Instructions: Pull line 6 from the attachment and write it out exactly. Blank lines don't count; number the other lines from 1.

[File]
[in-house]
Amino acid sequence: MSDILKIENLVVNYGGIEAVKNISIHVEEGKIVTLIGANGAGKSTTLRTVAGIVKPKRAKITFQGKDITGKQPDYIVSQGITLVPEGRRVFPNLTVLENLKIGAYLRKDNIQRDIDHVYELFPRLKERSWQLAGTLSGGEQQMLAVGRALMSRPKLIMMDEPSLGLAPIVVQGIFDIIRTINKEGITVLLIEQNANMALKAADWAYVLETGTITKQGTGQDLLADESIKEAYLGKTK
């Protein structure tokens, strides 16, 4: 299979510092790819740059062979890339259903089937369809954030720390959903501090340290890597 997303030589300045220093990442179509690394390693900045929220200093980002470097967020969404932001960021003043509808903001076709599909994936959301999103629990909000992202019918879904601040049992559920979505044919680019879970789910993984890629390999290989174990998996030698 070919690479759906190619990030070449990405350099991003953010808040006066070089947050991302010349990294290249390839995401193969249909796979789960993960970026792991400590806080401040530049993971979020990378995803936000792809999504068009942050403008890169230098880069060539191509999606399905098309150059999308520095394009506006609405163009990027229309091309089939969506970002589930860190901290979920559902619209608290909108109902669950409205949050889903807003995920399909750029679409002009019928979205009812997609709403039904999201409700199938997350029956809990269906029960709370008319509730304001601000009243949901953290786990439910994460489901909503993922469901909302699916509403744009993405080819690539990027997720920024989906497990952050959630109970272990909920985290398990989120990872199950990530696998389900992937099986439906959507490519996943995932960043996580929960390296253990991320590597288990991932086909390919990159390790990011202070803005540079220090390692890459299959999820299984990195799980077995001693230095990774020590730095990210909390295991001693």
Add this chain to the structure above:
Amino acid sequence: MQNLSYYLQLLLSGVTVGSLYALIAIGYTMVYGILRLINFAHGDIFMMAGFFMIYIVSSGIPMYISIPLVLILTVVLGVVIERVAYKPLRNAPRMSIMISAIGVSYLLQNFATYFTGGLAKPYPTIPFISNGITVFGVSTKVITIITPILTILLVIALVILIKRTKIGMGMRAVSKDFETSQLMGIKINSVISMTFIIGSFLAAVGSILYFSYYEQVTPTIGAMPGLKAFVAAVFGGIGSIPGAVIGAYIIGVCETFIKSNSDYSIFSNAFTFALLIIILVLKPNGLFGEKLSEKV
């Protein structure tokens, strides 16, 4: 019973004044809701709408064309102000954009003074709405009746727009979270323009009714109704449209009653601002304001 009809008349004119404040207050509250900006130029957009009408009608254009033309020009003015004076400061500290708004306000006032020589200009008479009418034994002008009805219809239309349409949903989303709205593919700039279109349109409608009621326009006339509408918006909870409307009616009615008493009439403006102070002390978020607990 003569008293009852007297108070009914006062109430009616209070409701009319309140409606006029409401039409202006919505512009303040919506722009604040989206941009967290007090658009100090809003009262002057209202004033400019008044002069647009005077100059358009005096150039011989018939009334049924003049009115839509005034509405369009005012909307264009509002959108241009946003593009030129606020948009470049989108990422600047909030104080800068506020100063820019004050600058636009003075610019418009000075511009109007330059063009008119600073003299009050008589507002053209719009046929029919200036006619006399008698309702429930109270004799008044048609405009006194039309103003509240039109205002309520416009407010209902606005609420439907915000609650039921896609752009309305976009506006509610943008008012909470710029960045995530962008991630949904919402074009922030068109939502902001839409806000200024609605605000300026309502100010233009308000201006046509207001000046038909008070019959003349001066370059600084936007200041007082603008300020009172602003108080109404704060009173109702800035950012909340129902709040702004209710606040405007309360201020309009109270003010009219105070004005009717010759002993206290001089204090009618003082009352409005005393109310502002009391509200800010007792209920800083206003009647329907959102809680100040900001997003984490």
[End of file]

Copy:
């Protein structure tokens, strides 16, 4: 019973004044809701709408064309102000954009003074709405009746727009979270323009009714109704449209009653601002304001 009809008349004119404040207050509250900006130029957009009408009608254009033309020009003015004076400061500290708004306000006032020589200009008479009418034994002008009805219809239309349409949903989303709205593919700039279109349109409608009621326009006339509408918006909870409307009616009615008493009439403006102070002390978020607990 003569008293009852007297108070009914006062109430009616209070409701009319309140409606006029409401039409202006919505512009303040919506722009604040989206941009967290007090658009100090809003009262002057209202004033400019008044002069647009005077100059358009005096150039011989018939009334049924003049009115839509005034509405369009005012909307264009509002959108241009946003593009030129606020948009470049989108990422600047909030104080800068506020100063820019004050600058636009003075610019418009000075511009109007330059063009008119600073003299009050008589507002053209719009046929029919200036006619006399008698309702429930109270004799008044048609405009006194039309103003509240039109205002309520416009407010209902606005609420439907915000609650039921896609752009309305976009506006509610943008008012909470710029960045995530962008991630949904919402074009922030068109939502902001839409806000200024609605605000300026309502100010233009308000201006046509207001000046038909008070019959003349001066370059600084936007200041007082603008300020009172602003108080109404704060009173109702800035950012909340129902709040702004209710606040405007309360201020309009109270003010009219105070004005009717010759002993206290001089204090009618003082009352409005005393109310502002009391509200800010007792209920800083206003009647329907959102809680100040900001997003984490």